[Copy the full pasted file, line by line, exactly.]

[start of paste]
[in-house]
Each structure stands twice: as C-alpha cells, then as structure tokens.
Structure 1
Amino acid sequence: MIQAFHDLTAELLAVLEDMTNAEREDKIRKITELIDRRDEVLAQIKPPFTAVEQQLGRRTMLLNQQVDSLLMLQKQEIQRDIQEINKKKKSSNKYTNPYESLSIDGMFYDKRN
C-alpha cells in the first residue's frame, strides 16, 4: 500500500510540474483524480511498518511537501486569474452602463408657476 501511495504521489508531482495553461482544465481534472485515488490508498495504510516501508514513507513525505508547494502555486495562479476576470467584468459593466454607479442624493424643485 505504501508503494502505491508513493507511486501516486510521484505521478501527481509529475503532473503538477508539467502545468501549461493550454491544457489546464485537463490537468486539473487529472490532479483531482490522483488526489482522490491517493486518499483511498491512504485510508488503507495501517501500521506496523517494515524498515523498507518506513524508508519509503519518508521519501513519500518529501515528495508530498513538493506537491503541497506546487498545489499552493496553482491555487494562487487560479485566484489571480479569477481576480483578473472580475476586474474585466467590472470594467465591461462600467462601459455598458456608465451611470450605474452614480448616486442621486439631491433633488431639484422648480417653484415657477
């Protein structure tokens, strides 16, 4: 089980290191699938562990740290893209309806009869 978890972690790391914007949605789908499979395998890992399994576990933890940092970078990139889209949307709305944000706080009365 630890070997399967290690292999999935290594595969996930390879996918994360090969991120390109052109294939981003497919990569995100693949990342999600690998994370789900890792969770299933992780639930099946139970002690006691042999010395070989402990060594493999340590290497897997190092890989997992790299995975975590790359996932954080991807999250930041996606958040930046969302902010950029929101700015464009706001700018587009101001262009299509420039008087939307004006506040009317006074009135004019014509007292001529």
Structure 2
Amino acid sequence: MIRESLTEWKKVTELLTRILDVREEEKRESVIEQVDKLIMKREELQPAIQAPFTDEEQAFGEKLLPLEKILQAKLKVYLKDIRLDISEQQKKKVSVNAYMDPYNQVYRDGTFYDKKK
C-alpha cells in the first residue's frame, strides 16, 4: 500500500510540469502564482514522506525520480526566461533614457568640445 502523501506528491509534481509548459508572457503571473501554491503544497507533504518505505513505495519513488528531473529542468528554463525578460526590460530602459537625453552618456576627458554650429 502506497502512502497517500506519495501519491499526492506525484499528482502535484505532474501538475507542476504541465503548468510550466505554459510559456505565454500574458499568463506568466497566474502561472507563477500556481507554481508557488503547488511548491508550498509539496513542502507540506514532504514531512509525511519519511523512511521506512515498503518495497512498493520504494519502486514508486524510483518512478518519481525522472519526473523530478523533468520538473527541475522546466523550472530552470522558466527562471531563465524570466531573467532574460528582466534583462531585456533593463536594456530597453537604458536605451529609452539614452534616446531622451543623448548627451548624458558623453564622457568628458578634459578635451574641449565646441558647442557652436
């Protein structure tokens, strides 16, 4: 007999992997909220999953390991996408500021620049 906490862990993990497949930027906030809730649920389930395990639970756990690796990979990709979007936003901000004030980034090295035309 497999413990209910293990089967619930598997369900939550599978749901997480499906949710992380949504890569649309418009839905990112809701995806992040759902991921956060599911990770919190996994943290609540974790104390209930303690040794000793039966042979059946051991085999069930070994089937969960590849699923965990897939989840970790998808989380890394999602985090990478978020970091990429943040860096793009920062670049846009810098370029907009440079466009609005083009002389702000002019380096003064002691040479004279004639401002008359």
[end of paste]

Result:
[in-house]
Each structure stands twice: as C-alpha cells, then as structure tokens.
Structure 1
Amino acid sequence: MIQAFHDLTAELLAVLEDMTNAEREDKIRKITELIDRRDEVLAQIKPPFTAVEQQLGRRTMLLNQQVDSLLMLQKQEIQRDIQEINKKKKSSNKYTNPYESLSIDGMFYDKRN
C-alpha cells in the first residue's frame, strides 16, 4: 500500500510540474483524480511498518511537501486569474452602463408657476 501511495504521489508531482495553461482544465481534472485515488490508498495504510516501508514513507513525505508547494502555486495562479476576470467584468459593466454607479442624493424643485 505504501508503494502505491508513493507511486501516486510521484505521478501527481509529475503532473503538477508539467502545468501549461493550454491544457489546464485537463490537468486539473487529472490532479483531482490522483488526489482522490491517493486518499483511498491512504485510508488503507495501517501500521506496523517494515524498515523498507518506513524508508519509503519518508521519501513519500518529501515528495508530498513538493506537491503541497506546487498545489499552493496553482491555487494562487487560479485566484489571480479569477481576480483578473472580475476586474474585466467590472470594467465591461462600467462601459455598458456608465451611470450605474452614480448616486442621486439631491433633488431639484422648480417653484415657477
């Protein structure tokens, strides 16, 4: 089980290191699938562990740290893209309806009869 978890972690790391914007949605789908499979395998890992399994576990933890940092970078990139889209949307709305944000706080009365 630890070997399967290690292999999935290594595969996930390879996918994360090969991120390109052109294939981003497919990569995100693949990342999600690998994370789900890792969770299933992780639930099946139970002690006691042999010395070989402990060594493999340590290497897997190092890989997992790299995975975590790359996932954080991807999250930041996606958040930046969302902010950029929101700015464009706001700018587009101001262009299509420039008087939307004006506040009317006074009135004019014509007292001529």
Structure 2
Amino acid sequence: MIRESLTEWKKVTELLTRILDVREEEKRESVIEQVDKLIMKREELQPAIQAPFTDEEQAFGEKLLPLEKILQAKLKVYLKDIRLDISEQQKKKVSVNAYMDPYNQVYRDGTFYDKKK
C-alpha cells in the first residue's frame, strides 16, 4: 500500500510540469502564482514522506525520480526566461533614457568640445 502523501506528491509534481509548459508572457503571473501554491503544497507533504518505505513505495519513488528531473529542468528554463525578460526590460530602459537625453552618456576627458554650429 502506497502512502497517500506519495501519491499526492506525484499528482502535484505532474501538475507542476504541465503548468510550466505554459510559456505565454500574458499568463506568466497566474502561472507563477500556481507554481508557488503547488511548491508550498509539496513542502507540506514532504514531512509525511519519511523512511521506512515498503518495497512498493520504494519502486514508486524510483518512478518519481525522472519526473523530478523533468520538473527541475522546466523550472530552470522558466527562471531563465524570466531573467532574460528582466534583462531585456533593463536594456530597453537604458536605451529609452539614452534616446531622451543623448548627451548624458558623453564622457568628458578634459578635451574641449565646441558647442557652436
């Protein structure tokens, strides 16, 4: 007999992997909220999953390991996408500021620049 906490862990993990497949930027906030809730649920389930395990639970756990690796990979990709979007936003901000004030980034090295035309 497999413990209910293990089967619930598997369900939550599978749901997480499906949710992380949504890569649309418009839905990112809701995806992040759902991921956060599911990770919190996994943290609540974790104390209930303690040794000793039966042979059946051991085999069930070994089937969960590849699923965990897939989840970790998808989380890394999602985090990478978020970091990429943040860096793009920062670049846009810098370029907009440079466009609005083009002389702000002019380096003064002691040479004279004639401002008359």